Article 6 of the Geneva Convention provides that Poland may expropriate in Upper Silesia major industrial undertakings, but the property, rights and interest of German nationals cannot be liquidated.
“Poland may expropriate in Polish Upper Silesia, in conformity with the provisions of Articles 7 to 23, undertakings belonging to the category of major industries including mineral deposits and rural estates. Except as provided in these clauses, the property, rights and interest of German nationals or of companies controlled by German nationals may not be liquidated in Polish Upper Silesia”
Germany claimed indemnity for the damage caused by the illegal seizure.
(16) [analyzing article 6 of Geneva Conventions the Court said] Whatever may be the scope, in this article, of the conception of “liquidation” and “expropriation”, it is clear that it is intended to define Poland’s powers in regard to this point and in the territory in question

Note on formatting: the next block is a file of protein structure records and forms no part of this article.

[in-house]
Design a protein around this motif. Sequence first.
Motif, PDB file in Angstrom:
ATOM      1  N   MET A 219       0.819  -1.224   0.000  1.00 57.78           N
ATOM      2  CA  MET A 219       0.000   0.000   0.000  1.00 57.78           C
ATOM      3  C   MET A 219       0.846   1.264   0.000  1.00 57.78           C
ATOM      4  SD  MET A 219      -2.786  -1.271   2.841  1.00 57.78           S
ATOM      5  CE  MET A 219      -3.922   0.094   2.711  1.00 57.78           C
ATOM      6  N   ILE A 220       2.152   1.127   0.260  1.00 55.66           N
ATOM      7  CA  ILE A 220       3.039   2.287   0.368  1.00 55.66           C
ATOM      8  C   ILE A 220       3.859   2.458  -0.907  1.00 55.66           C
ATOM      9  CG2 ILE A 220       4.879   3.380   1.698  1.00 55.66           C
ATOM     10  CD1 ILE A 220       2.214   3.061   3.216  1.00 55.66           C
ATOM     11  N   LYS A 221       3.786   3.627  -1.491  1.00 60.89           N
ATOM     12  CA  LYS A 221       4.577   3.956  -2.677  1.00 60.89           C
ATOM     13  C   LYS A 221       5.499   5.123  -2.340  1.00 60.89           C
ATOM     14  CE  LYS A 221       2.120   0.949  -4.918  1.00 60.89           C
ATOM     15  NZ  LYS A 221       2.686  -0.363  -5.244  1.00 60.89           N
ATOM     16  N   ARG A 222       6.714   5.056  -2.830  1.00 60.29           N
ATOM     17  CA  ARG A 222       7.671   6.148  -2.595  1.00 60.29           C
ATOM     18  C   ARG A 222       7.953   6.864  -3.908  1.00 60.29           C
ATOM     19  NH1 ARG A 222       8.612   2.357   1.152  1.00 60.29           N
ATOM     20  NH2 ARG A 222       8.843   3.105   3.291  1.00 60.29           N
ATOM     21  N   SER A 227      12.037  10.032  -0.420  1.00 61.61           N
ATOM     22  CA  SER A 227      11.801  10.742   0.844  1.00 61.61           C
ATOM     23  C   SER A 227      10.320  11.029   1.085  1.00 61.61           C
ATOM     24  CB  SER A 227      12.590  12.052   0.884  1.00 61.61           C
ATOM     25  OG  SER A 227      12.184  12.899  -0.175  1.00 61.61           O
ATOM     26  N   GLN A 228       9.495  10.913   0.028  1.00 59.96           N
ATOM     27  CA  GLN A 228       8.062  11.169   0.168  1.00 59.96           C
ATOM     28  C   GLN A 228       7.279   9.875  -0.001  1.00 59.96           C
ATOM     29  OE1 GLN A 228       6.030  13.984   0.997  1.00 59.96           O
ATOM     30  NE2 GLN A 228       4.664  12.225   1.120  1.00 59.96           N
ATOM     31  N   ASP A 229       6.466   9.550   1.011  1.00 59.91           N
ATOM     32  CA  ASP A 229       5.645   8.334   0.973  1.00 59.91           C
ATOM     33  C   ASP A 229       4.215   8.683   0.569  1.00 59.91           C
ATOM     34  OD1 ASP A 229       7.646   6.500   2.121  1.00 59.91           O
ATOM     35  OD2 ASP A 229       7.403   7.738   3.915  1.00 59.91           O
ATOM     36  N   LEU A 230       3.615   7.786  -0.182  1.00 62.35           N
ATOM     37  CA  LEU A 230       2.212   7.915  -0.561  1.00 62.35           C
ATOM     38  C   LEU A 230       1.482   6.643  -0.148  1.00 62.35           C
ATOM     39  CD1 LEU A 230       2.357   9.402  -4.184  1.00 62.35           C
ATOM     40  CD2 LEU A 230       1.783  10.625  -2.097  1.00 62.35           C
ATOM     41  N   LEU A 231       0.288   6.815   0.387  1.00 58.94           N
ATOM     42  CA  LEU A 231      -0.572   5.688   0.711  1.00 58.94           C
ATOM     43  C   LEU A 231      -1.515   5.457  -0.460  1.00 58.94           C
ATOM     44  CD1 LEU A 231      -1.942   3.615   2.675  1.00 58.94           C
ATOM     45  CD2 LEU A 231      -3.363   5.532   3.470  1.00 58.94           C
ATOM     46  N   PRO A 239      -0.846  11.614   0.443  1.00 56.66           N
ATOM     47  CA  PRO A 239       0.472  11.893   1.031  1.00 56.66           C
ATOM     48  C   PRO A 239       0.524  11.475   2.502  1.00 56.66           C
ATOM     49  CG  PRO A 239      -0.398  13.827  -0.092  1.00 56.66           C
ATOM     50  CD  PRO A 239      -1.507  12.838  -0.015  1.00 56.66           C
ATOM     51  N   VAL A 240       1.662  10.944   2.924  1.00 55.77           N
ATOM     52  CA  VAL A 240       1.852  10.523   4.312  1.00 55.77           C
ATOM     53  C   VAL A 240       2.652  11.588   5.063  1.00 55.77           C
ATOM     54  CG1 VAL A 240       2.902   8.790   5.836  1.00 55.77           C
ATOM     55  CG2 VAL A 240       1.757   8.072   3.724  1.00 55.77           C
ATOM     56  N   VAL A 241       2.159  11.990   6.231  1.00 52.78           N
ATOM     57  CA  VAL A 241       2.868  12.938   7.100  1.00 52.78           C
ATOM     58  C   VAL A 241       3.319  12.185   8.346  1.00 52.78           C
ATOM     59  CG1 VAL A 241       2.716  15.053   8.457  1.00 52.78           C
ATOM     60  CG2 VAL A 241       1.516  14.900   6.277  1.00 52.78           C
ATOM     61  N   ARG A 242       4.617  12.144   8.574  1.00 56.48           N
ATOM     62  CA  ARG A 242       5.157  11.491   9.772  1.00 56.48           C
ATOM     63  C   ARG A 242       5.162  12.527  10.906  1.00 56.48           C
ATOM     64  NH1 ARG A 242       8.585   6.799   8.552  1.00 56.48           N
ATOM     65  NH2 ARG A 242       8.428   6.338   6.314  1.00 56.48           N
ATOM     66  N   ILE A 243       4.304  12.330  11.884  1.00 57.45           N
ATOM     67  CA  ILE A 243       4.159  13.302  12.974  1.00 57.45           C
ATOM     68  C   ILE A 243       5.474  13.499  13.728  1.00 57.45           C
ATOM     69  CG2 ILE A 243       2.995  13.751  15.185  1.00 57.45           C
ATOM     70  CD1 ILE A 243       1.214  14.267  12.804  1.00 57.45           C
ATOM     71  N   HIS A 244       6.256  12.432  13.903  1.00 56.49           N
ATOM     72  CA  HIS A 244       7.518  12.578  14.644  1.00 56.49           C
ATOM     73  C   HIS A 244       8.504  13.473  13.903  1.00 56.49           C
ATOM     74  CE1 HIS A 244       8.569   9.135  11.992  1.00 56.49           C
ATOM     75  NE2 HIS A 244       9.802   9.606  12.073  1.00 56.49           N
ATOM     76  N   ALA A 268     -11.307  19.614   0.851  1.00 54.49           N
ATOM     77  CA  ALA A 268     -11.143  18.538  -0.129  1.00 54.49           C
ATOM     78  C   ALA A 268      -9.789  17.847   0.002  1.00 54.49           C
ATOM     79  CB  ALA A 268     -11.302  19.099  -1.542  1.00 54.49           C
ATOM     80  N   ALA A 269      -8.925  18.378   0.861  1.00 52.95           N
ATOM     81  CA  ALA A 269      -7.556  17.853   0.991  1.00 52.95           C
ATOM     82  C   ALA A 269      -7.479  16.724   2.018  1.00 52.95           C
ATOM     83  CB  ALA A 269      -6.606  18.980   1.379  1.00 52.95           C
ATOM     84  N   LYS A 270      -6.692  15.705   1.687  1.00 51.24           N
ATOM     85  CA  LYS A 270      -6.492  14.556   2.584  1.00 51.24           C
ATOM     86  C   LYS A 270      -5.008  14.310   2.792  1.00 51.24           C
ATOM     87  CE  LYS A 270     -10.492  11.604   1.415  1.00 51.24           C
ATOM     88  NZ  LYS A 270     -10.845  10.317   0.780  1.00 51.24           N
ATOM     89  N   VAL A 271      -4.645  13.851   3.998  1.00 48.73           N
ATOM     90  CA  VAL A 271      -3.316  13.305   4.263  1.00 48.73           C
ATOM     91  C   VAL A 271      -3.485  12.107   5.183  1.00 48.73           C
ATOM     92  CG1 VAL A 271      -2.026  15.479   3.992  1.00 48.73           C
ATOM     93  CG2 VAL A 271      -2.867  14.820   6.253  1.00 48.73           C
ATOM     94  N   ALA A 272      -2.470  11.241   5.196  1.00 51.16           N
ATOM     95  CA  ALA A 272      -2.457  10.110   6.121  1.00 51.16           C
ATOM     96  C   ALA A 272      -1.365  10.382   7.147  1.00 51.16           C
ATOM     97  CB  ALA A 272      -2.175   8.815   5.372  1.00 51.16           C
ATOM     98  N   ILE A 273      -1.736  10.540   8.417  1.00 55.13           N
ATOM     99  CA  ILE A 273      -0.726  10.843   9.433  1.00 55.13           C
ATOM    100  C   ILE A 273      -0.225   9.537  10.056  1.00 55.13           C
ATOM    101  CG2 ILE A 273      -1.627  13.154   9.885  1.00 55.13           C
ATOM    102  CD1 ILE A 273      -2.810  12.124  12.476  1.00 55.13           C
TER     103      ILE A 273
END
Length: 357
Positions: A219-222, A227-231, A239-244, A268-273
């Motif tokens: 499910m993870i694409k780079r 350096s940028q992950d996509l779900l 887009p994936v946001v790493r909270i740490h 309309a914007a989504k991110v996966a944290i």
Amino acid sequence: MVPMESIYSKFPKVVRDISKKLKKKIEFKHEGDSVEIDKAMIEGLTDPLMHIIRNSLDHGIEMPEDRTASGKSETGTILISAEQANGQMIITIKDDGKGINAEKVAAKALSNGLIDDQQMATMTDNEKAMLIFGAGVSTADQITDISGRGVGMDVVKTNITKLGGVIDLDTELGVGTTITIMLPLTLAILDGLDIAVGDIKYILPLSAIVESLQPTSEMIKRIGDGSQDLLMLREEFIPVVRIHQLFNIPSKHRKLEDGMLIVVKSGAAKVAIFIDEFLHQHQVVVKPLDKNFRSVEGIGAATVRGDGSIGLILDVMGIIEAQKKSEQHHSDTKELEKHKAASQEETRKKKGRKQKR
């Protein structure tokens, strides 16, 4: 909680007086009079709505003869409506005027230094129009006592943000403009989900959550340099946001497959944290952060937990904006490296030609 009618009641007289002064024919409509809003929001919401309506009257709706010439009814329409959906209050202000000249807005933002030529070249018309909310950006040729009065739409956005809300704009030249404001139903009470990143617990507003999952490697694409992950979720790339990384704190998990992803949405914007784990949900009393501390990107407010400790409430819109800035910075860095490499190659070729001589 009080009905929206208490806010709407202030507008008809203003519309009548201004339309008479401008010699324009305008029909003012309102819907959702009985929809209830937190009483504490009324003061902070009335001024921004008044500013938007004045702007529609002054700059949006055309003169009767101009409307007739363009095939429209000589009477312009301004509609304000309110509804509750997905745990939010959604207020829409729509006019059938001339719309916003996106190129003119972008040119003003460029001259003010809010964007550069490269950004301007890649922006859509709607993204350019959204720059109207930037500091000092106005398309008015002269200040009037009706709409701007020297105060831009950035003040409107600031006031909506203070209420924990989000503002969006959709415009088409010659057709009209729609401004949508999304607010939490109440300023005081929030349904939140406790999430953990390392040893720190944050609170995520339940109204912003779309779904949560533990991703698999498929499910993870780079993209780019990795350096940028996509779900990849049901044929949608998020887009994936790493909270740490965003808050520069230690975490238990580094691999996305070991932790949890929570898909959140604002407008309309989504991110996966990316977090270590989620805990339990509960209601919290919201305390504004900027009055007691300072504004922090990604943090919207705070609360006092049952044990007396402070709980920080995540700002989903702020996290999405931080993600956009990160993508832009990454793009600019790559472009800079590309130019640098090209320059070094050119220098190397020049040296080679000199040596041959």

(20) It is a much disputed question in the teaching of legal authorities and in the jurisprudence of the principal countries whether the doctrine of litispendance … can be invoked in international relations, in the sense that the judges of one State should, in the absence of a treaty, refuse to entertain any suit already pending before the courts of another State, exactly as they would be bound to do if an action on the same subject had at some previous time been brought in due form before another court of their own country... it is clear that the essential elements which constitute litispendance are not present. There is no question of two identical actions… the parties are not the same, and, finally, the Mixed Arbitral Tribunals and the Permanent Court of International Justice are not courts of the same character.